The United States Bankruptcy Court for the Central District of California recently ruled that a debtor cannot challenge the discharge of a judgment obtained by a title insurer for an underlying fraud claim. See Title guarantor of Stewart. Co. v. Park (In re Park), 2021 Banking. LEXIS 3539 (Bankr. CD Cal. 29 Dec. 2021). In 2013, the legal predecessor of the title company obtained a default judgment in the amount of $278,052.60 against the debtor. The judgment stemmed from a 2011 real estate investment in which the debtor arranged for the predecessor to make a loan in exchange for a deed of trust on real estate. When the owners of the building brought an action alleging that their signatures were forged, the predecessor filed counterclaims against the debtor for fraud, among other things. The debtor defaulted and the predecessor obtained judgment by default. In 2020, the debtor filed for bankruptcy and the title company filed an action for release under Sections 523(a)(2) and (a)(6) of the Bankruptcy Code. Under Section 523(a)(2), “[a] discharge under section 727 . . . of this title does not release an individual debtor from an indebtedness of money, goods, services or extension, renewal or refinancing of credit, insofar as it has been obtained by false pretences, misrepresentation or actual fraud, other than a statement concerning the financial condition of the debtor or an insider. Similarly, Section 523(a)(6) “excludes from discharge debts resulting from ‘willful and malicious’ injury by a debtor to another person or to another’s property.” The title company then sought summary judgment.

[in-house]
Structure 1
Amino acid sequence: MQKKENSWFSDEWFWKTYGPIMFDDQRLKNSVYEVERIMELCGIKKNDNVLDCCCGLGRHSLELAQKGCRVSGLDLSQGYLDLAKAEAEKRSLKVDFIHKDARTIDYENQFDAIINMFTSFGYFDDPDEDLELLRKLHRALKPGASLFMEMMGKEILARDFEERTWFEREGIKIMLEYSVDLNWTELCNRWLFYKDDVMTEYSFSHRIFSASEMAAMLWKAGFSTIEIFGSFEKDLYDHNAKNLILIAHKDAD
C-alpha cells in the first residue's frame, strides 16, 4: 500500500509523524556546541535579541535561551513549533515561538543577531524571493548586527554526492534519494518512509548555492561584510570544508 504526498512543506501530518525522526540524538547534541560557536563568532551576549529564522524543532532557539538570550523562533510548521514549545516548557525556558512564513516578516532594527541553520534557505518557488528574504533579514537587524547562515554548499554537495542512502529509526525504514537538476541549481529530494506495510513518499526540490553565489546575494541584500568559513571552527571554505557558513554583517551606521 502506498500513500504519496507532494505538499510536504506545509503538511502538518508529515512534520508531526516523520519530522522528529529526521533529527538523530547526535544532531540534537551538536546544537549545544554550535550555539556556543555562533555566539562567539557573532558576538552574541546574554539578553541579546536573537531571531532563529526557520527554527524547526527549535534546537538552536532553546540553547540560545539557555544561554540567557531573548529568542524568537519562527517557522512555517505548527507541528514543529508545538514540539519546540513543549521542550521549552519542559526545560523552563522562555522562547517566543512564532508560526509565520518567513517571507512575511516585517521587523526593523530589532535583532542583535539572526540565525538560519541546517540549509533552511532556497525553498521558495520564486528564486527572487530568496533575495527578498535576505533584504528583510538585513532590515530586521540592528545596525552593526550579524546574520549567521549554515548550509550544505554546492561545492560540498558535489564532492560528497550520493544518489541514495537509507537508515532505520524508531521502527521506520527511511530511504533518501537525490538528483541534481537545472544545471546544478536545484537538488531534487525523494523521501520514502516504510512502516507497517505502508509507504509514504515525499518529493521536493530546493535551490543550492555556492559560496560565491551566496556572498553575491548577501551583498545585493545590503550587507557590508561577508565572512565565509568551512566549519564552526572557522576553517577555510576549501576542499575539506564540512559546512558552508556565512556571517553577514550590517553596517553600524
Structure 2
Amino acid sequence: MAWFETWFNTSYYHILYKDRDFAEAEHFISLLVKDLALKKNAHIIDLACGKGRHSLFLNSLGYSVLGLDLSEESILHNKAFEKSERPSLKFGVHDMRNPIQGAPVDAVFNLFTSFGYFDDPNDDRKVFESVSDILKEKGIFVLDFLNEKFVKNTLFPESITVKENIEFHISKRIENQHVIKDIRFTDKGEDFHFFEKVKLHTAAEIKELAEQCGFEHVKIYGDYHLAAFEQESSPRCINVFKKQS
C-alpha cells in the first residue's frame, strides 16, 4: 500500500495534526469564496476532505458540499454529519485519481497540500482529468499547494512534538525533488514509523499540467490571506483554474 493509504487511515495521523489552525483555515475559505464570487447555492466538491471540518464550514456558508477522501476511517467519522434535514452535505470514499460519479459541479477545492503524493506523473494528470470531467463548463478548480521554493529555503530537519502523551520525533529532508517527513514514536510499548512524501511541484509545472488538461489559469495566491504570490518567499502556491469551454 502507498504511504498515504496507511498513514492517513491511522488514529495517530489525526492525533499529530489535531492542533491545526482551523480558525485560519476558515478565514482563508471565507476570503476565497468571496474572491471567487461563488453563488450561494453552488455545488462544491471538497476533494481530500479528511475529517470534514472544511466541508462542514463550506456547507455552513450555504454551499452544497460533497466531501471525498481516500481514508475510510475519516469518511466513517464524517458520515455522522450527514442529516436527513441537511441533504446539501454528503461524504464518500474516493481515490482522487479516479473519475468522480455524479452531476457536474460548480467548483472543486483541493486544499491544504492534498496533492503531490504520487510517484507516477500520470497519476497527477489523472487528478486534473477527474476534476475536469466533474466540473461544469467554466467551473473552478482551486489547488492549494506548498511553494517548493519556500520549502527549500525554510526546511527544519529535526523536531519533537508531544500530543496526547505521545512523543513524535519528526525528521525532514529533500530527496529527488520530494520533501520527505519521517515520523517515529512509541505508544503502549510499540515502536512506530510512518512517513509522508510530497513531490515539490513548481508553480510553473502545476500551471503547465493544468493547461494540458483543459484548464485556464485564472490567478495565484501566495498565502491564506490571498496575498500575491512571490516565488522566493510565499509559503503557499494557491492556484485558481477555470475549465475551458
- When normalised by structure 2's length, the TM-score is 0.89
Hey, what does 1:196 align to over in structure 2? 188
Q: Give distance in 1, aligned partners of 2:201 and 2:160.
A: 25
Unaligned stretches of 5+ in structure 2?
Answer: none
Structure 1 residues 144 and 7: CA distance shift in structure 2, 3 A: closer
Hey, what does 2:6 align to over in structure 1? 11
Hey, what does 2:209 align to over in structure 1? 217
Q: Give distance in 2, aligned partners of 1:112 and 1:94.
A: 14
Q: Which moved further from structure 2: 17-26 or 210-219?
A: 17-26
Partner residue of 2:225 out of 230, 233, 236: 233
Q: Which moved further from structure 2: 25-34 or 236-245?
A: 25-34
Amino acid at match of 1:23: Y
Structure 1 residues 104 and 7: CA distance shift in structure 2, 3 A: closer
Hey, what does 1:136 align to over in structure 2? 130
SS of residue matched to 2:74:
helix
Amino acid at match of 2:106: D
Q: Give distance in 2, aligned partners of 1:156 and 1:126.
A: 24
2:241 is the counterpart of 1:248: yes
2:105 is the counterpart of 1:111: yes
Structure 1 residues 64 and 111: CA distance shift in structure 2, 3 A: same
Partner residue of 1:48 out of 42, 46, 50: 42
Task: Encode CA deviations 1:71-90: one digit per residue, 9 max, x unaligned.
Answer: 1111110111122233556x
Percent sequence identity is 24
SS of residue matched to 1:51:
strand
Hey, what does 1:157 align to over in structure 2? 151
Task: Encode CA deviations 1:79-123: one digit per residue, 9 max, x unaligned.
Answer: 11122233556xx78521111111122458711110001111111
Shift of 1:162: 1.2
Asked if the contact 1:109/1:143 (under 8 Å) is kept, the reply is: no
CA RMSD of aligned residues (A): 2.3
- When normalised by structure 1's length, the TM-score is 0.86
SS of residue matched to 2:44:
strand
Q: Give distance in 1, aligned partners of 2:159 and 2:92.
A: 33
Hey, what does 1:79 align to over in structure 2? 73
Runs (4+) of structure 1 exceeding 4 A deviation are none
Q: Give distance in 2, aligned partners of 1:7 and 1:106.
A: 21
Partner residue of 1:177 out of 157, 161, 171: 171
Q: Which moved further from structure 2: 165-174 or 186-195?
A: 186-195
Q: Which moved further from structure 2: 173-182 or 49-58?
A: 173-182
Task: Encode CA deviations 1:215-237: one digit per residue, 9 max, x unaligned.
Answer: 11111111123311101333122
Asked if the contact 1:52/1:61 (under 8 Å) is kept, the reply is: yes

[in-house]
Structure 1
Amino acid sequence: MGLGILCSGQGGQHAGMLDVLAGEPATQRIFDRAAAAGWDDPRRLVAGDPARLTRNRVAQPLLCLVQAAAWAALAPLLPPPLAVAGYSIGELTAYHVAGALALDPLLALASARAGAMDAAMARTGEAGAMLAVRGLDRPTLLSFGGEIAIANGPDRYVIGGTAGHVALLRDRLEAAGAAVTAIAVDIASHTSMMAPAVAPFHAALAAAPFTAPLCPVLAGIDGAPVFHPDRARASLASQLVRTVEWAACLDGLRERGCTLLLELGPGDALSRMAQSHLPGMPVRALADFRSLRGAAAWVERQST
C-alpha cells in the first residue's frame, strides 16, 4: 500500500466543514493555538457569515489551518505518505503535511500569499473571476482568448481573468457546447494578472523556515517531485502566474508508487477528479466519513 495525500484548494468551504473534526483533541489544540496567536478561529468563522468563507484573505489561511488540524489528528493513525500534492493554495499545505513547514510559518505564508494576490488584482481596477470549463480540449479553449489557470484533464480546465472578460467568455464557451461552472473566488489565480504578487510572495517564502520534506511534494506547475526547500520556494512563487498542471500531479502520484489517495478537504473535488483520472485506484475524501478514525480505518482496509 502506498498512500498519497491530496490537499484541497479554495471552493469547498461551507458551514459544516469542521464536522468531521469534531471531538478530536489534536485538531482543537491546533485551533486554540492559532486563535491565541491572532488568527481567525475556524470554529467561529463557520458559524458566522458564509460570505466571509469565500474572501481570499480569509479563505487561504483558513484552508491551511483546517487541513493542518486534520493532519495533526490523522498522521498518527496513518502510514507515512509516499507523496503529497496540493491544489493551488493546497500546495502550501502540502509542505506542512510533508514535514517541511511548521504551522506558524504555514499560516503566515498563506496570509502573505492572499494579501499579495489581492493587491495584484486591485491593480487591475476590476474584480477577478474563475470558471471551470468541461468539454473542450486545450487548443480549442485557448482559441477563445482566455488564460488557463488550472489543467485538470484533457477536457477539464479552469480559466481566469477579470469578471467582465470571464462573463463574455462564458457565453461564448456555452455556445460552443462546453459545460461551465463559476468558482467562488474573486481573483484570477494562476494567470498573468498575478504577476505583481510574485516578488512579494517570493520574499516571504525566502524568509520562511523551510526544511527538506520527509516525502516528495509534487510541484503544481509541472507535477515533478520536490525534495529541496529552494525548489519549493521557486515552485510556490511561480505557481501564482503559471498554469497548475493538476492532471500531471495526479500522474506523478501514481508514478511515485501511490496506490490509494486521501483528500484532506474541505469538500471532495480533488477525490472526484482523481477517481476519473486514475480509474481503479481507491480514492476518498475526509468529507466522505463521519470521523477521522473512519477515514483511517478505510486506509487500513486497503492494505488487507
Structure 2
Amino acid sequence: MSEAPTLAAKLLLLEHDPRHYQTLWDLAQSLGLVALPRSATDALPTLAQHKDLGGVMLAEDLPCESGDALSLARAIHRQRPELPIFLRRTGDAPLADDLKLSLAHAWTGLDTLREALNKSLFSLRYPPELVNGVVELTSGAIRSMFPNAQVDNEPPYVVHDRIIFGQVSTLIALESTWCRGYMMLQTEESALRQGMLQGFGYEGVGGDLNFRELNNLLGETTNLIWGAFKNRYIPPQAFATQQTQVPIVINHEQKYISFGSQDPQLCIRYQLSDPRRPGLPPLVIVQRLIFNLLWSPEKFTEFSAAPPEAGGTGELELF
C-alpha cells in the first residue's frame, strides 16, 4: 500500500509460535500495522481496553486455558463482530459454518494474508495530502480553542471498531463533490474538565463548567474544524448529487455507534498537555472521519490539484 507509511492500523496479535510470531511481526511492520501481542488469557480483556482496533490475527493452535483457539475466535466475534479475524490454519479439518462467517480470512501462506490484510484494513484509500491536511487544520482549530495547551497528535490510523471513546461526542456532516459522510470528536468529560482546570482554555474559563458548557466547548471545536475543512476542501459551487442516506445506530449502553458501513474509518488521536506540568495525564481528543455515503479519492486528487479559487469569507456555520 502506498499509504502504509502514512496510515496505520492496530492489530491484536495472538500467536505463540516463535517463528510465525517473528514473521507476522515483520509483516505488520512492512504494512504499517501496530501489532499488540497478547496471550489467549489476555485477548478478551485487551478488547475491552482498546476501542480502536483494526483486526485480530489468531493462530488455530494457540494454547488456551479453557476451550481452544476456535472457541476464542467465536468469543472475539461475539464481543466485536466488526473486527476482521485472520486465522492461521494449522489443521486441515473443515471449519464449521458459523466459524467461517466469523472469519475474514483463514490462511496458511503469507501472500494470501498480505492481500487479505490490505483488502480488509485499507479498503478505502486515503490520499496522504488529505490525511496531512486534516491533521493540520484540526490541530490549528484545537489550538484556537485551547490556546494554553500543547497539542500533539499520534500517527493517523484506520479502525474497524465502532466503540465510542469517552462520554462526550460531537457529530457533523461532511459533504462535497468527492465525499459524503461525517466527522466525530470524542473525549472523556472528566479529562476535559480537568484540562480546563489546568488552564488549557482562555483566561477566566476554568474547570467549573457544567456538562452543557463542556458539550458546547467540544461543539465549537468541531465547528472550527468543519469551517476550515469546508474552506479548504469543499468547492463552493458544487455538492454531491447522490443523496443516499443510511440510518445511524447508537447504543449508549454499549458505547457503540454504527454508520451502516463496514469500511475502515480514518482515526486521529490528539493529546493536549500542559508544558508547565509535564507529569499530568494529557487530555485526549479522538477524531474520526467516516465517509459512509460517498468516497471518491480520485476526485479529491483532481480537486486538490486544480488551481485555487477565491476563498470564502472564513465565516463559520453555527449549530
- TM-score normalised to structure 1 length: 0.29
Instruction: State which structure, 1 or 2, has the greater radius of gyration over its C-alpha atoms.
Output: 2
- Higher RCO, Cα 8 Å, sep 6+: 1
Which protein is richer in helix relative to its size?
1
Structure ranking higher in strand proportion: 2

The Court granted the petition, holding that the doctrine of prohibition of issuance prohibits the debtor from contesting the exigibility of the debt here. First, the Court found that the state court’s default judgment for fraud related to claims identical to those referred to in Sections 523(a)(2) and (a)(6). Second, it held that the debtor had been served in this action and therefore had “actual knowledge of the existence of the dispute”, whether he responded or appeared. The Court also found that the issues were necessarily decided and were final and substantive for the above reasons, which satisfies the third and fourth elements of the issue exclusion. Finally, it was undisputed that the party against whom foreclosure was sought here (the debtor) is the same as the party in the state lawsuit. Accordingly, the Court granted the title company’s motion for summary judgment.